November 5, 2022
The American architect Louis Henry Sullivan coined the phrase “form ever follows function.”
“It is the pervading law of all things organic and inorganic, of all things physical and metaphysical, of all things human, and all things super-human, of all true manifestations of the head, of the heart, of the soul, that the life is recognizable in its expression, that form ever follows function. This is the law. “
This law has been a guiding tenet of modern architects.
Yet designers are human. My observations have revealed many designs which put art, aesthetics or ego above the function of the product.
This is not to say that embellishment or decoration cannot coexist with function. Art Deco buildings maintained the efficiency of their interiors while making a beautiful, artistic statement on the outside.
Frank Gehry designed the Museum of Pop Culture in Seattle. Some would call it garish. I guess you could call it Gehr-ish.
Yet the Walt Disney Concert Hall, another of Gehry’s unique designs, combines an artistically flowing exterior with an almost perfectly functional acoustic interior.
Unique form wrapped around perfect function.
In his attempt to blend architecture into the building’s environment Frank Lloyd Wright found himself challenged with too short doors and cramped living quarters. He hit his artistic goals but missed the interior “function” target.
In my capacity of estimator in the Trade Show exhibit business I worked with designers who came from an art school which emphasized the Golden Ratio of proportions. In the Fibonacci sequence the ratio of one number to another is approximately 1.618… Also referred to as the greek letter phi. The sequence begins: 0, 1, 1, 2, 3, 5…
At the heart of phi is the number 5.
Because this ratio is found abundantly in nature one of the Exhibit designers insisted that cabinets and walls have dimensions of 3’ and 5’ (two of the sequence numbers). While I have no doubt that objects of these proportions would be pleasing to the eye, the projects always cost more money than necessary. Since plywood comes in 4’x8’ sheets, a 3’ cut wastes material and a 5’ wide panel must be assembled using two pieces of wood.
The minimalist design of Apple’s Jony Ive led to application screens which were devoid of detail. The Mail app, for example has controls which are invisible until you hover the mouse over them. This makes for a clean white environment, but the user must know where the control is in order to use it.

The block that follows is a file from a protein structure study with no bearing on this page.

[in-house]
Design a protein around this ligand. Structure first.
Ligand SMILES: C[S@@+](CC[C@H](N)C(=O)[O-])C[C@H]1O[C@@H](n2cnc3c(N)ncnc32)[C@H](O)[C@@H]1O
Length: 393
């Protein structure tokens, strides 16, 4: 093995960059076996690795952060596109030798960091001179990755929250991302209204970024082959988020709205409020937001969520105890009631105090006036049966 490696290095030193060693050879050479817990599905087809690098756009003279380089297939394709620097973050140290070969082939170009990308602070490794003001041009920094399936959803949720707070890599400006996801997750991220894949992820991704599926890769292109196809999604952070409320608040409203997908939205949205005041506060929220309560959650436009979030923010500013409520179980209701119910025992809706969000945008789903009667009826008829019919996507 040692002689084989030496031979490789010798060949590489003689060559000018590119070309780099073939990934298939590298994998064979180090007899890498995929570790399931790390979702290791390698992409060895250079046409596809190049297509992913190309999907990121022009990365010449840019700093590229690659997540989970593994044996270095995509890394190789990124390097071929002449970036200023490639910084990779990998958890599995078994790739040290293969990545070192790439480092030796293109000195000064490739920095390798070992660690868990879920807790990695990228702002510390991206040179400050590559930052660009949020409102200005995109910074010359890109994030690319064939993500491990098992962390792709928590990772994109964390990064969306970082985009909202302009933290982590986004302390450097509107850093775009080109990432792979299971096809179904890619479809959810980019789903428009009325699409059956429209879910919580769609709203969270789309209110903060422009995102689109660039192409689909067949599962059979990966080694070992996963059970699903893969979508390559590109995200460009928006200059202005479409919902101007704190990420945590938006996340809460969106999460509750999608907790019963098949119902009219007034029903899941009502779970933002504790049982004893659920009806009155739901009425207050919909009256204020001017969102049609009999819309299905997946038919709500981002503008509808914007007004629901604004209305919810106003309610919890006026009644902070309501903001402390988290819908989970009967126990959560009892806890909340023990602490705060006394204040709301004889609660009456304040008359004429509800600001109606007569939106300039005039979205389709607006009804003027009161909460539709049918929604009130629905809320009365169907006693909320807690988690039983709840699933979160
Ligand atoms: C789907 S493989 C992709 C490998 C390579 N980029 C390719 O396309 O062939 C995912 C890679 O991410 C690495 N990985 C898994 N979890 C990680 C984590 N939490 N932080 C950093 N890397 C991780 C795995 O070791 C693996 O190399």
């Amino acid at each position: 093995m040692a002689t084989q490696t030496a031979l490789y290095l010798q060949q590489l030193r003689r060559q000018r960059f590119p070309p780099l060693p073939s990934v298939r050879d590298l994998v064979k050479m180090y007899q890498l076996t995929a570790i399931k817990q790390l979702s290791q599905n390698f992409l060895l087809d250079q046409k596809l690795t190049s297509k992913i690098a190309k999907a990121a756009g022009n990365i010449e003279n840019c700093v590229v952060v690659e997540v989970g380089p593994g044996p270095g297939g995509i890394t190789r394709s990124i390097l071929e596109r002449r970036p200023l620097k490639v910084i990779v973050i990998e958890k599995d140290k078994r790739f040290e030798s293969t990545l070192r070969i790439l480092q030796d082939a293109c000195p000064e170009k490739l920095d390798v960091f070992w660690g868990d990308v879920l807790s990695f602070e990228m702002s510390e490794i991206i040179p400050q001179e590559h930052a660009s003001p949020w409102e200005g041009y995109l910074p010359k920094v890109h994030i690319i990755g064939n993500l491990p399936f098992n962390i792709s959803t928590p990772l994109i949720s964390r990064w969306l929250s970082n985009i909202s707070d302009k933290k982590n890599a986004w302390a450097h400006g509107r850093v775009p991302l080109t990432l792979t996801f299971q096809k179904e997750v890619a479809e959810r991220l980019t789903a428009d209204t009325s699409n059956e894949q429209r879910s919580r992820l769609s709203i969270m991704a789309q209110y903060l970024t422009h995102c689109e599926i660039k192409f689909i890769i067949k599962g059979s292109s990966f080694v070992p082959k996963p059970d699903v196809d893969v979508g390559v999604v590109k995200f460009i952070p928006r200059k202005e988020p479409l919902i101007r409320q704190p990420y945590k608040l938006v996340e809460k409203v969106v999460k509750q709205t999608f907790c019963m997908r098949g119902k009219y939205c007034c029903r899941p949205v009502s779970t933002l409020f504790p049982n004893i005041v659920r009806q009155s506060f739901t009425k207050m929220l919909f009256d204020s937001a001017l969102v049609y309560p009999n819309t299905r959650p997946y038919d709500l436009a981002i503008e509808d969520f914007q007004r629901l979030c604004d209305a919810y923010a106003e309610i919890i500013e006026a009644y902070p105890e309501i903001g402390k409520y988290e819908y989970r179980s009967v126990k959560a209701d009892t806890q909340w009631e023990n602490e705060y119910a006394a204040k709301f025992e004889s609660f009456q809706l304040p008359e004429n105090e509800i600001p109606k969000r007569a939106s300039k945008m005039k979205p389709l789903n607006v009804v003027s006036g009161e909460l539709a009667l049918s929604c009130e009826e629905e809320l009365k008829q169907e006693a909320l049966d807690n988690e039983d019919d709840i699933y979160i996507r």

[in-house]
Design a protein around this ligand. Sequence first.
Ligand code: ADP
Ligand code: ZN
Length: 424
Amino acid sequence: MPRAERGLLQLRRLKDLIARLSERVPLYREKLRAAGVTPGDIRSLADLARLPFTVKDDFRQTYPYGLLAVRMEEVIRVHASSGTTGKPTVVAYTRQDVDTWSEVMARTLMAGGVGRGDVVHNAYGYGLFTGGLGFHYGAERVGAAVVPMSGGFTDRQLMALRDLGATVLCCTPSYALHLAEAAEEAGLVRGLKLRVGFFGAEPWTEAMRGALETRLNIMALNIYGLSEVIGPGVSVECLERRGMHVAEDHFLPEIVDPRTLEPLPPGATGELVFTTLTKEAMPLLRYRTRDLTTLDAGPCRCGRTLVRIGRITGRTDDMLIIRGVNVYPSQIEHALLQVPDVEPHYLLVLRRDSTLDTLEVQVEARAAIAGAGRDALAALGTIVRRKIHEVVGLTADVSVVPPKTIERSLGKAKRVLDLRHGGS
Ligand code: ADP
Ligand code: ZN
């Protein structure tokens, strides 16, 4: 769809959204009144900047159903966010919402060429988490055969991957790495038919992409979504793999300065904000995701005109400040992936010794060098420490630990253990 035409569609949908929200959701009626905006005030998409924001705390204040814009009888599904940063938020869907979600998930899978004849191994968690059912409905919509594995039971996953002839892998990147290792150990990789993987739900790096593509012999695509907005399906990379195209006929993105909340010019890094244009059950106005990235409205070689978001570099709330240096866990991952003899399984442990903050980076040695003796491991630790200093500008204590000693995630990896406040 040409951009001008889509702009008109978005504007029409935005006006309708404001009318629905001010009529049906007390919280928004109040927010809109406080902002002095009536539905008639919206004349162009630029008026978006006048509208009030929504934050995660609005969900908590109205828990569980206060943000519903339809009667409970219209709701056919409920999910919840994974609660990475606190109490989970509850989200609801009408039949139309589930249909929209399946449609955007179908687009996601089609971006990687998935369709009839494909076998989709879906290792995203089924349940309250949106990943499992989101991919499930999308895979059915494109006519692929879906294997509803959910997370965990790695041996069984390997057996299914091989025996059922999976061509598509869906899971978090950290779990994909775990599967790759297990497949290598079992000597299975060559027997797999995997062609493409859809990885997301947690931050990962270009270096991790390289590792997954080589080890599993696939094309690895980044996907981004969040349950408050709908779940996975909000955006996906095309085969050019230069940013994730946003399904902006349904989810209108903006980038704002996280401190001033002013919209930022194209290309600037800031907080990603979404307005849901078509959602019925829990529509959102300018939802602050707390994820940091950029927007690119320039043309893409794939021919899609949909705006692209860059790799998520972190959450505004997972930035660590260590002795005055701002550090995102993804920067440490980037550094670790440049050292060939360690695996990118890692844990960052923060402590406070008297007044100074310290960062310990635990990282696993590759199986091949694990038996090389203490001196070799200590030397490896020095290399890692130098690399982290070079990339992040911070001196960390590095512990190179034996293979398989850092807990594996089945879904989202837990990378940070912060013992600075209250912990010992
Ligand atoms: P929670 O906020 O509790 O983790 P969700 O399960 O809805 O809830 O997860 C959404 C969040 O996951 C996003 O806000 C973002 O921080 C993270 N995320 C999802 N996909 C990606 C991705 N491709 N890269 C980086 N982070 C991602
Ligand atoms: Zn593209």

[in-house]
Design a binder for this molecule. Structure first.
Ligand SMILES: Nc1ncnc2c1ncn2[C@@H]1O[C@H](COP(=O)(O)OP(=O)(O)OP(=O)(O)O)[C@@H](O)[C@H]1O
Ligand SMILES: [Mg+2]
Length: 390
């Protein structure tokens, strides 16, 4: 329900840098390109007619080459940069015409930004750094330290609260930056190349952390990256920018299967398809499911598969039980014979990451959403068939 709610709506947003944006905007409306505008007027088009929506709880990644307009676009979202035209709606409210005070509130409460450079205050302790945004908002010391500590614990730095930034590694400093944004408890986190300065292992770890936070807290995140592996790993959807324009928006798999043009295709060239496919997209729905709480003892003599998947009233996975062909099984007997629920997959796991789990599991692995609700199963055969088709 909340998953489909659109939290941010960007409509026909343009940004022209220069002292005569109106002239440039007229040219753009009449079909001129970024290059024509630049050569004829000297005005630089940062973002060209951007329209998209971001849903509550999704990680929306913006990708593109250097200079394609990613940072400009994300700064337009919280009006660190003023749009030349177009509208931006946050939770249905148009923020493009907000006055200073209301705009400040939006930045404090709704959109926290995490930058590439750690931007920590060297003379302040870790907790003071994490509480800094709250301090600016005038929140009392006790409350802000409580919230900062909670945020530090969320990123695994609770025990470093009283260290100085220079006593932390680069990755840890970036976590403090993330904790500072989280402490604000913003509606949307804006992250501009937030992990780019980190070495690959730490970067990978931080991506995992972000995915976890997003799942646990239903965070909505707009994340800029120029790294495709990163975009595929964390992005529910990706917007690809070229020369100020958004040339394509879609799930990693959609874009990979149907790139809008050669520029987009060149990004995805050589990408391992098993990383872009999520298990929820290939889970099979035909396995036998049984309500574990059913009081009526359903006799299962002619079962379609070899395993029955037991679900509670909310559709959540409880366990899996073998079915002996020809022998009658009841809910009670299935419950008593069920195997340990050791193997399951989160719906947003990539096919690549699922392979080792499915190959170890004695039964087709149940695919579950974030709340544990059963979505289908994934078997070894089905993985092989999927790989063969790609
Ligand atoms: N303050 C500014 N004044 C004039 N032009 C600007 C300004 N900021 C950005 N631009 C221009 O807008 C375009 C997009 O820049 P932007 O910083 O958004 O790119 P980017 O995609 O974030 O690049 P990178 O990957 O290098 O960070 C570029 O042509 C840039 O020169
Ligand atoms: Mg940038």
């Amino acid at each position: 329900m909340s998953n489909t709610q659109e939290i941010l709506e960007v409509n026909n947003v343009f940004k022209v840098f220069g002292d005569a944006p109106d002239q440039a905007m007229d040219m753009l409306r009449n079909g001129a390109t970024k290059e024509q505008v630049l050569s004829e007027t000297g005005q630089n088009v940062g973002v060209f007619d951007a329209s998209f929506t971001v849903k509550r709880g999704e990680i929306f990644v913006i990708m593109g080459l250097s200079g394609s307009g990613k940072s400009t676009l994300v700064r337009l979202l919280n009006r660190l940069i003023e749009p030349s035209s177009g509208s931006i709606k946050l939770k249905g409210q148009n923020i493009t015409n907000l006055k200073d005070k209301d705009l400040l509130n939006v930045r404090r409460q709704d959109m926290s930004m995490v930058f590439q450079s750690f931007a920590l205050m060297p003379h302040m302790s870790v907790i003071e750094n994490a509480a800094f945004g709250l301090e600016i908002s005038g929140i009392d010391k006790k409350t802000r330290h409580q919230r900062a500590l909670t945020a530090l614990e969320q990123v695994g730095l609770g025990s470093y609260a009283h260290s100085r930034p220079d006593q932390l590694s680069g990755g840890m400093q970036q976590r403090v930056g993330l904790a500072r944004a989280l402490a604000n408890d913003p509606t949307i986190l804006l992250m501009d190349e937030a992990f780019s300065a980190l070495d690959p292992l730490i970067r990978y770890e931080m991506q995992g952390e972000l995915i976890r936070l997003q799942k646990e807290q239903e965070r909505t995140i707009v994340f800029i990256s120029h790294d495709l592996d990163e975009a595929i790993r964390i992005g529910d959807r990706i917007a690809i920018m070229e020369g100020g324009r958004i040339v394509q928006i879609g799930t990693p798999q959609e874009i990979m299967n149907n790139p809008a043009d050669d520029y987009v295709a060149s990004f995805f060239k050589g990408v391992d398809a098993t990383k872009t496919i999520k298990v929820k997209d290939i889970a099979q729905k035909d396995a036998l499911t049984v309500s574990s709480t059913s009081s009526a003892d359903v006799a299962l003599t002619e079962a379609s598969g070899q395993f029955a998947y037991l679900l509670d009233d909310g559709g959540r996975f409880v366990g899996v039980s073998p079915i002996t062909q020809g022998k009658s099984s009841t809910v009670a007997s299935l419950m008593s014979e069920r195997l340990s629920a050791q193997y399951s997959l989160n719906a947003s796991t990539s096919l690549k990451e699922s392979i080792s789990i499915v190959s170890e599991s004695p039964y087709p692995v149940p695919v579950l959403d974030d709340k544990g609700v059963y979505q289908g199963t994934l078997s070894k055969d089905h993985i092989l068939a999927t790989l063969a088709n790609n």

Ford designed the automatic transmission on the Focus to shudder if the driver accelerated too fast. While a noble attempt to modify the drivers’ behavior, the gearing in the transmission wore out rapidly. Those drivers who did not succumb to Ford designer’s Pavlov training paid to rebuild their transmissions every few years.
I recently bought a hybrid Toyota RAV4. The car engine is silent while running in EV mode (up to 20 MPH). When the gasoline engine kicks in it sounds like a normal car. One of the things I love about my hybrid is it’s silent running. I was standing in front of the car the other day when my wife started the car – silent as always. She put the car into reverse and began to back up. A loud engine/transmission sound came from the front of the car. Oh no… something wrong with my new hybrid.
A Google later and I found out that the RAV4 has a speaker in the front grill which blasts an engine sound when the car is in reverse. This design replaced the previous backup beeping sound which notified pedestrians that the car was backing up. Toyota designers felt that an engine noise would be a more organic way of warning pedestrians behind the car that it was running. So, why did they put the speaker in the front of the car?
They made my silent hybrid car sound like an internal combustion engine!?
Generally, I admire designers. They are artists of function. Some, however, forget that they are engineers first.
“Technically Human” by Ricki T Thues, the iMentor, is now available on Amazon.
It is a compilation of selected episodes from this bLog which tell the story of Humanity through the eyes of the iMentor.
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